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Proceedings Paper

A new and highly sensitive method of analyzing metabolic activity using FLIM (Conference Presentation)

Paper Abstract

Traditional assessments of cellular metabolism are often destructive, time consuming and without visual information. Fluorescence lifetime imaging microscopy (FLIM) provides a highly sensitive, non-invasive, and label-free alternative. This study uses FLIM in combination with two-photon microscopy to investigate pharmacological induced metabolic changes of adipocytes via changes in the fluorescence of the metabolic co-factors NADH and FAD. In agreement with recent publications NADH fluorescence suggests the presence of four distinct lifetimes in cell culture and tissue with two unbound and two protein bound states which show different responses to treatment with metabolic modifiers. We evaluated the effects on NADH fluorescence lifetime after systematic manipulations to change the balance between oxidative and glycolytic metabolism using five pharmacological reagents - Oligomycin, 2-DG, FCCP, Rotenone, and Glucose - which interact with different parts of the metabolic pathway. We established several ratios between the four distinct lifetimes of NADH after treatment and compared the results to oxygen consumption rate and extracellular acidification rate. We demonstrated, for the first time, a correlation between the two unbound fluorescence lifetimes components and glycolytic and oxidative metabolic activity with a significant higher sensitivity compared to the commonly used free-to-bound ratio of NADH. Analyzing all four lifetime components of NADH has the potential to become a powerful tool to evaluate metabolic activity of adipocytes with subcellular resolution.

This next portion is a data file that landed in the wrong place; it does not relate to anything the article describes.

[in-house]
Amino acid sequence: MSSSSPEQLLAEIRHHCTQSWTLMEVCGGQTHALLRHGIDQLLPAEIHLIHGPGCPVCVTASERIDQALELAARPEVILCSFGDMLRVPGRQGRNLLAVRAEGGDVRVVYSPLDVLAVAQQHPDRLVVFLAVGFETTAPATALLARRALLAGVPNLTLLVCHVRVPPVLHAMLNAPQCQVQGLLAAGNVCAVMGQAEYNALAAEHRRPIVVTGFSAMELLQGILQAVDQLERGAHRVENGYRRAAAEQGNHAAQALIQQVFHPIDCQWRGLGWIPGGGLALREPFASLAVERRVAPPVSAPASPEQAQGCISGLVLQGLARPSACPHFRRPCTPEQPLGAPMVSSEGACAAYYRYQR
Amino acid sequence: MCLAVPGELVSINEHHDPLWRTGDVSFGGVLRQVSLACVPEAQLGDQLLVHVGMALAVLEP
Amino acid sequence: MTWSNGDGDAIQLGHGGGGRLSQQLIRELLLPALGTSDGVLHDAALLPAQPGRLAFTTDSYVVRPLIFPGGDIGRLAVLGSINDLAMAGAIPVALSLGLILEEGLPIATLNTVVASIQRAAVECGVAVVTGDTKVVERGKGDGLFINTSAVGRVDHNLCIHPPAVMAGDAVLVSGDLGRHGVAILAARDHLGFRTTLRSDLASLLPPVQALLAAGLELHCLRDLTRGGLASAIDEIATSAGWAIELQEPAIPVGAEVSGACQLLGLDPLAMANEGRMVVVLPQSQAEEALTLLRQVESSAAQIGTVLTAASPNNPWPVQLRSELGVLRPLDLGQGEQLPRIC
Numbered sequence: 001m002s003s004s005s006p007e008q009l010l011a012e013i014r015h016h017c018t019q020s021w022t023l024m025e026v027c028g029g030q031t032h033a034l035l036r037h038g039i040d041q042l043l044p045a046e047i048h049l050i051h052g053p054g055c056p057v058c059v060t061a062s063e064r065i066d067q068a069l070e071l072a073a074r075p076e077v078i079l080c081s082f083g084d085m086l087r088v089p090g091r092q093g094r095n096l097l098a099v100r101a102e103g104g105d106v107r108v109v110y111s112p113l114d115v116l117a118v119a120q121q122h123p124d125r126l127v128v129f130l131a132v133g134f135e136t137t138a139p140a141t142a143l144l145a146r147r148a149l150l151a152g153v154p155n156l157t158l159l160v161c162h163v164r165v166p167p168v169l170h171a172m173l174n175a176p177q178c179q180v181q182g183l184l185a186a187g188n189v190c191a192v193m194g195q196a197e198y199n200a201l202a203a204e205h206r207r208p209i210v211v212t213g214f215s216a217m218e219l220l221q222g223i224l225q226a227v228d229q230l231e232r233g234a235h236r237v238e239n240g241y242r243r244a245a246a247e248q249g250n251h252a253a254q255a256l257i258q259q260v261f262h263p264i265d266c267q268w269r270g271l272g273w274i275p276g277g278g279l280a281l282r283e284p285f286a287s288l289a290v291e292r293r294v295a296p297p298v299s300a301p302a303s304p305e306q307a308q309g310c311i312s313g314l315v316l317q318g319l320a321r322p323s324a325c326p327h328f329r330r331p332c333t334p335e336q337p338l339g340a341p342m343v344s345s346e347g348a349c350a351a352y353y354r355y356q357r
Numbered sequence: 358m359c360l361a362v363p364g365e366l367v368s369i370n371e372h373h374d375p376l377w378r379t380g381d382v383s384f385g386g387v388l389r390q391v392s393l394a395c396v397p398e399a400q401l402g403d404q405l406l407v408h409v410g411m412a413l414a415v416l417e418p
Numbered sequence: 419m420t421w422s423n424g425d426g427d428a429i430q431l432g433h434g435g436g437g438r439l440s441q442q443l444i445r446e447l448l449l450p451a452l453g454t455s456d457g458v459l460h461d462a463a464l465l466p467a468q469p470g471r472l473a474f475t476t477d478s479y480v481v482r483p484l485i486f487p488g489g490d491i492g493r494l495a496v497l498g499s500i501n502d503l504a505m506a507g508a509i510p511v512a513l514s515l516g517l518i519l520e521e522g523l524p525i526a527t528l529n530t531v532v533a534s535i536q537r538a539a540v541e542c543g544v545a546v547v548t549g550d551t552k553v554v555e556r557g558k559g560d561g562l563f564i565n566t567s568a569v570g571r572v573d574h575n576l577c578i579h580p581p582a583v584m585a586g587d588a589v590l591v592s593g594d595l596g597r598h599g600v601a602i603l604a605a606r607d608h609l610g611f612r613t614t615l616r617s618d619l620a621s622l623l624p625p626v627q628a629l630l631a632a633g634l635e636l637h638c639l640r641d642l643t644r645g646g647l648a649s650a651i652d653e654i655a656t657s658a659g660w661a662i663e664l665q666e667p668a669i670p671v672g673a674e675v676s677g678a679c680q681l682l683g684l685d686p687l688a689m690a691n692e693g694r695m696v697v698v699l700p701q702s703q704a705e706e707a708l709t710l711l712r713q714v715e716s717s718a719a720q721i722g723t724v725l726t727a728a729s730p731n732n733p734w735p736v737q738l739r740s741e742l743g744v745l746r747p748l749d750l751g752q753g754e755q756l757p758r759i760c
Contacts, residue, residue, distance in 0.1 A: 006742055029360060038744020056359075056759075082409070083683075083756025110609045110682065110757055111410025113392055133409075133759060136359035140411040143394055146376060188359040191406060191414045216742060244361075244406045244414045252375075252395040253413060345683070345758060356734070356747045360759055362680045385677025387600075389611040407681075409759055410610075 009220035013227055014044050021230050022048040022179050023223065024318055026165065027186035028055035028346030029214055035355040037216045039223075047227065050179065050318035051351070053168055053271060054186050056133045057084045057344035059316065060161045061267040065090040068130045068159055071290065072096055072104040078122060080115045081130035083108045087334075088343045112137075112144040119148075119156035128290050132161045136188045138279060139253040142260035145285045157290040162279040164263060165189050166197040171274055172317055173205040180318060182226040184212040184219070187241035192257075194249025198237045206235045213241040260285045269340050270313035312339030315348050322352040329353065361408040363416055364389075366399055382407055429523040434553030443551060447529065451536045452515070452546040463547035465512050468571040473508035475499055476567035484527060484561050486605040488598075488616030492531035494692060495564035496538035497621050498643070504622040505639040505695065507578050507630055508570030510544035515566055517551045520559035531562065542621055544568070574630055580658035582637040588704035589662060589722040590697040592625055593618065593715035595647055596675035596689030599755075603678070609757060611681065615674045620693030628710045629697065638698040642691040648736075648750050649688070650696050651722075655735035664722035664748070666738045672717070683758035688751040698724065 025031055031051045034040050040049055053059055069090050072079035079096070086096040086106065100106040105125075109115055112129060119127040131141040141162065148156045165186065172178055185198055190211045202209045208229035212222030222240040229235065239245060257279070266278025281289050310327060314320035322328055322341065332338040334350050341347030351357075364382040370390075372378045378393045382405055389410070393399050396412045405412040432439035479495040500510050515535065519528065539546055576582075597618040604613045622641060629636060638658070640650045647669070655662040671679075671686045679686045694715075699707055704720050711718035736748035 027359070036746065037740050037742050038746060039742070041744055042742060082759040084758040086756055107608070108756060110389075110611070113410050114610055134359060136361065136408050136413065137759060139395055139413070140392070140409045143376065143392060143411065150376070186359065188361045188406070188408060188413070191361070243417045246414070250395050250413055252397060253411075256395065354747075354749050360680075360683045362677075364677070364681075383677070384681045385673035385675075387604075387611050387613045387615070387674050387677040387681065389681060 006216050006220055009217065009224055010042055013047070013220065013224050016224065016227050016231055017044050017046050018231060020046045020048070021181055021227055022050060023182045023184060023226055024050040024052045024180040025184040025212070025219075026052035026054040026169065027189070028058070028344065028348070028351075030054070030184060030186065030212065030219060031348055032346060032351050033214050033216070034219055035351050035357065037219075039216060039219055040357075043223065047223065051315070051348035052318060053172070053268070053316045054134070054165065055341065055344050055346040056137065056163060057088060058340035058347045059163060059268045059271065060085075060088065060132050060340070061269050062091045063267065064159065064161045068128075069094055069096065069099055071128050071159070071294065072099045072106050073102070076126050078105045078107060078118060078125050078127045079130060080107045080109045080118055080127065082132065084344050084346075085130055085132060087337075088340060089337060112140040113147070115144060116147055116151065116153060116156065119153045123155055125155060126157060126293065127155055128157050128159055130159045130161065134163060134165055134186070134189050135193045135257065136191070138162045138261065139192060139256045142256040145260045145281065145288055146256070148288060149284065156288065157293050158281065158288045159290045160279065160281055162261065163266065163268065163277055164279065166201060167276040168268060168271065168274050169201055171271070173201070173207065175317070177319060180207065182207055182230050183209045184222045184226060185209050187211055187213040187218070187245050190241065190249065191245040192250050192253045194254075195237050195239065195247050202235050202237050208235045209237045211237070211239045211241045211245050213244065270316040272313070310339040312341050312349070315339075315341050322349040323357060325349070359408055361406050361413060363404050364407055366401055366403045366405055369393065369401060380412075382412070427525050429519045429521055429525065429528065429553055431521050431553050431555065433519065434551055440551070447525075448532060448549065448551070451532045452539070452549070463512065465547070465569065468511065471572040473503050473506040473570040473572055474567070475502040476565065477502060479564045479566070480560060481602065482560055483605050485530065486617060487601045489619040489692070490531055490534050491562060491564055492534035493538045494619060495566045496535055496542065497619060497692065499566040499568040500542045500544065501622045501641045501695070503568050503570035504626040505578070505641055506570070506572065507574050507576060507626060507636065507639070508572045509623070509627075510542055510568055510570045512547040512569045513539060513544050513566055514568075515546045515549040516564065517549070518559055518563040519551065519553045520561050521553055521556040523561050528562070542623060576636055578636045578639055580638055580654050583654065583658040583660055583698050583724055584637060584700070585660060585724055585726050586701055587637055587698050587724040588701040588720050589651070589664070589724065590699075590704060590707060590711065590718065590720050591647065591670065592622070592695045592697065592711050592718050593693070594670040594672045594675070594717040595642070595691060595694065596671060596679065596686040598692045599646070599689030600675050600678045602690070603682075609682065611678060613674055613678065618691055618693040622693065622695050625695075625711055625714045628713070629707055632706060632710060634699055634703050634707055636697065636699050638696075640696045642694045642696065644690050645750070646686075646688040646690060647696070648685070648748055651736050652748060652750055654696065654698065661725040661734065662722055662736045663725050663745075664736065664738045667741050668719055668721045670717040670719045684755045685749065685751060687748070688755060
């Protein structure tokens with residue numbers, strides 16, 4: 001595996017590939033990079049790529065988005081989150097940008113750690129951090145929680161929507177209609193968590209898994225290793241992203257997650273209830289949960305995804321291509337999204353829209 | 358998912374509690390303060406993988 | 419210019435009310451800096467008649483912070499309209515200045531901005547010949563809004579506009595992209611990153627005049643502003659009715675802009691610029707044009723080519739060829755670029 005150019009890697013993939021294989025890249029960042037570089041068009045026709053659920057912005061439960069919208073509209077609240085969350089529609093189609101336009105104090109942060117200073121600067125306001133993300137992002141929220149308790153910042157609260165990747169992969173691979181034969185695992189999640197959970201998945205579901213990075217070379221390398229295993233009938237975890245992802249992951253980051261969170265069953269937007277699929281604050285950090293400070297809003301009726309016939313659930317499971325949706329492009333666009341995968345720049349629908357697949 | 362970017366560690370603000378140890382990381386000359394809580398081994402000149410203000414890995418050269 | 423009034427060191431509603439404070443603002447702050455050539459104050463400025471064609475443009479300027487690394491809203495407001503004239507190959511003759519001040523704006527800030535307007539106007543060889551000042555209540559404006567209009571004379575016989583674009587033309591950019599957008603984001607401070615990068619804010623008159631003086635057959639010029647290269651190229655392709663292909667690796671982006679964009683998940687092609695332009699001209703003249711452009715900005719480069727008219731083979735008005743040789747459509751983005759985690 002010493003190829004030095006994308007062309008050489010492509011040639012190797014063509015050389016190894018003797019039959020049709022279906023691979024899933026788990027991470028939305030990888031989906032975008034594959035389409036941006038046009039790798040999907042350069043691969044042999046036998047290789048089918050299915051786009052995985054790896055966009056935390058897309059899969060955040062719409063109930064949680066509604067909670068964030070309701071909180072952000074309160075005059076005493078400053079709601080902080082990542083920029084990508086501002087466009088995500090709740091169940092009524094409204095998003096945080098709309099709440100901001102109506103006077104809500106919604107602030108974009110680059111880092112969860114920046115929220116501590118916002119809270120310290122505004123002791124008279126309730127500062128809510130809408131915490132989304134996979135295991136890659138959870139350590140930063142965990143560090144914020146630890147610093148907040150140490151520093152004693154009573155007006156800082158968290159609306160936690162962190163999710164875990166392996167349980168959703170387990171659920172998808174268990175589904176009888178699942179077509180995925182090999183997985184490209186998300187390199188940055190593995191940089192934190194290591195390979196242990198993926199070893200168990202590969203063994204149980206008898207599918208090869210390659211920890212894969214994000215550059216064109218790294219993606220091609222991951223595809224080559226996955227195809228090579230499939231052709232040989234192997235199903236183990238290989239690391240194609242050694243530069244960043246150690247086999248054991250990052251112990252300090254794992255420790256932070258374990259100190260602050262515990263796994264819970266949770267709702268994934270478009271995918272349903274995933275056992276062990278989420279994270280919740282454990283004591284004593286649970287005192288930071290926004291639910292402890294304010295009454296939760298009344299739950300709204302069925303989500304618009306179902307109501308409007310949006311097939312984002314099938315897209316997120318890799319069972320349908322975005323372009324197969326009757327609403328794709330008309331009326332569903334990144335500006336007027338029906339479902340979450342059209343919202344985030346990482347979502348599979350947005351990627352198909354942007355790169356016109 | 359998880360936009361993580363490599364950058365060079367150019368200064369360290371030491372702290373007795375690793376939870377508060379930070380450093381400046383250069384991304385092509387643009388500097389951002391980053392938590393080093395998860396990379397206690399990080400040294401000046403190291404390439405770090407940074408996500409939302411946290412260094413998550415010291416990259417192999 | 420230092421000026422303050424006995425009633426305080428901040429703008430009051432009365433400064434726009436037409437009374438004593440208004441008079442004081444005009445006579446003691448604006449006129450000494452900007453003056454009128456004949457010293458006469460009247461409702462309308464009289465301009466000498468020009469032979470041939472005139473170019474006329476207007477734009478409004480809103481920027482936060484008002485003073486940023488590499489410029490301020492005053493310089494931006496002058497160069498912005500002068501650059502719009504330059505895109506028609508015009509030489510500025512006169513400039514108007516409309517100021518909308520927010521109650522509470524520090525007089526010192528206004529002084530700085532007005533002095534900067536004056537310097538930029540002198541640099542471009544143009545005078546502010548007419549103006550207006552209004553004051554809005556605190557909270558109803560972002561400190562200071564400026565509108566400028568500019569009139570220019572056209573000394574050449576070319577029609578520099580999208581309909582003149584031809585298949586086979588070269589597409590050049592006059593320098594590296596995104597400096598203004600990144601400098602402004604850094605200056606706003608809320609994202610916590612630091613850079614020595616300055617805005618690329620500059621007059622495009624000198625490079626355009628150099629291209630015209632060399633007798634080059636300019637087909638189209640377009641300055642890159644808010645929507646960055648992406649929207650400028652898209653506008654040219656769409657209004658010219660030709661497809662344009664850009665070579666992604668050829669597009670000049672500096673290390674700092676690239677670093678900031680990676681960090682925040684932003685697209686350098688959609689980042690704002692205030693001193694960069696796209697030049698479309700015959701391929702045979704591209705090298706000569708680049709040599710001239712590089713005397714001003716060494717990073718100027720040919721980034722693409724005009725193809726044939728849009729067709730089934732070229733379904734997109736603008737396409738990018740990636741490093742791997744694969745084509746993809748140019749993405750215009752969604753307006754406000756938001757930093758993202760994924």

Paper Details

Date Published: 24 April 2017
PDF: 1 pages
Proc. SPIE 10069, Multiphoton Microscopy in the Biomedical Sciences XVII, 100691O (24 April 2017); doi: 10.1117/12.2252339
Show Author Affiliations
Michael Evers, Massachusetts General Hospital (United States)
Nunciada Salma, Massachusetts General Hospital (United States)
Reginald Birngruber M.D., Univ. zu Lübeck (Germany)
Conor L. Evans, Harvard Medical School (United States)
Dieter Manstein M.D., Harvard Medical School (United States)

Published in SPIE Proceedings Vol. 10069:
Multiphoton Microscopy in the Biomedical Sciences XVII
Ammasi Periasamy; Peter T. C. So; Karsten König; Xiaoliang S. Xie, Editor(s)

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